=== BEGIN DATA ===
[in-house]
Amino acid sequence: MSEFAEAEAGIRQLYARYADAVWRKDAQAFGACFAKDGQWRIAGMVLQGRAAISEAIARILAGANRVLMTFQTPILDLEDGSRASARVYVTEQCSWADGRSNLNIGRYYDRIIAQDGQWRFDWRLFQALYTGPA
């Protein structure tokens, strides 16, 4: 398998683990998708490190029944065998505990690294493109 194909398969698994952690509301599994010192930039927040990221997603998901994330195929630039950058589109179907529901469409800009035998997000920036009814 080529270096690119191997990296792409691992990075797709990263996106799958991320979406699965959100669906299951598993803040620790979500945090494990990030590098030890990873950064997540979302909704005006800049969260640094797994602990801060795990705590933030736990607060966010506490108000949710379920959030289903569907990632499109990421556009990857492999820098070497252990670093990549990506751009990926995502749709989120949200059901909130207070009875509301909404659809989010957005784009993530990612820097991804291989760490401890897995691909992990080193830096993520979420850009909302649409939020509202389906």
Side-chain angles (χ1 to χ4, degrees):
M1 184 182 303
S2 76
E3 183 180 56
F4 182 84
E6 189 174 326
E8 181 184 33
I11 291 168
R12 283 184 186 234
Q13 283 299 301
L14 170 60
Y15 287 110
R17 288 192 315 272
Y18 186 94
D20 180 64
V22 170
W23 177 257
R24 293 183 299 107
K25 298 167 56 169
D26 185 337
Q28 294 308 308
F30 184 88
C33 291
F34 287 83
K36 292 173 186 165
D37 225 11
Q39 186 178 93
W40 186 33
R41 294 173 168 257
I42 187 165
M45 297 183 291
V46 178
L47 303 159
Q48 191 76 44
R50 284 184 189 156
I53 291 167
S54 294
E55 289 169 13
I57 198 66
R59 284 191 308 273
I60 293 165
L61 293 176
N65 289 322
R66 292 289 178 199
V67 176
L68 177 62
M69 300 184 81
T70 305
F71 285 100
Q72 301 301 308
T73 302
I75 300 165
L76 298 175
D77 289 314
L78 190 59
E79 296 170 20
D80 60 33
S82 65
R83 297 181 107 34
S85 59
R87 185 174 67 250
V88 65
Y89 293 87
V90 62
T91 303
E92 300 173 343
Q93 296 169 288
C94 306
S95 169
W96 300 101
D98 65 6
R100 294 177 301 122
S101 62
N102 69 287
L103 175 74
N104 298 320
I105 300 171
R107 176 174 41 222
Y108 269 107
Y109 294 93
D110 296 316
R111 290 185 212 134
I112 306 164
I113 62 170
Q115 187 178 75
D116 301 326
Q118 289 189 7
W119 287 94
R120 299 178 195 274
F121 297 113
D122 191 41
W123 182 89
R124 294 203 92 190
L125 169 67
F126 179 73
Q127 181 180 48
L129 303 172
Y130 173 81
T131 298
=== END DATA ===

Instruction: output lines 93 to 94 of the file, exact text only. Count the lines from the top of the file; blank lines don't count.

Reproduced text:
F121 297 113
D122 191 41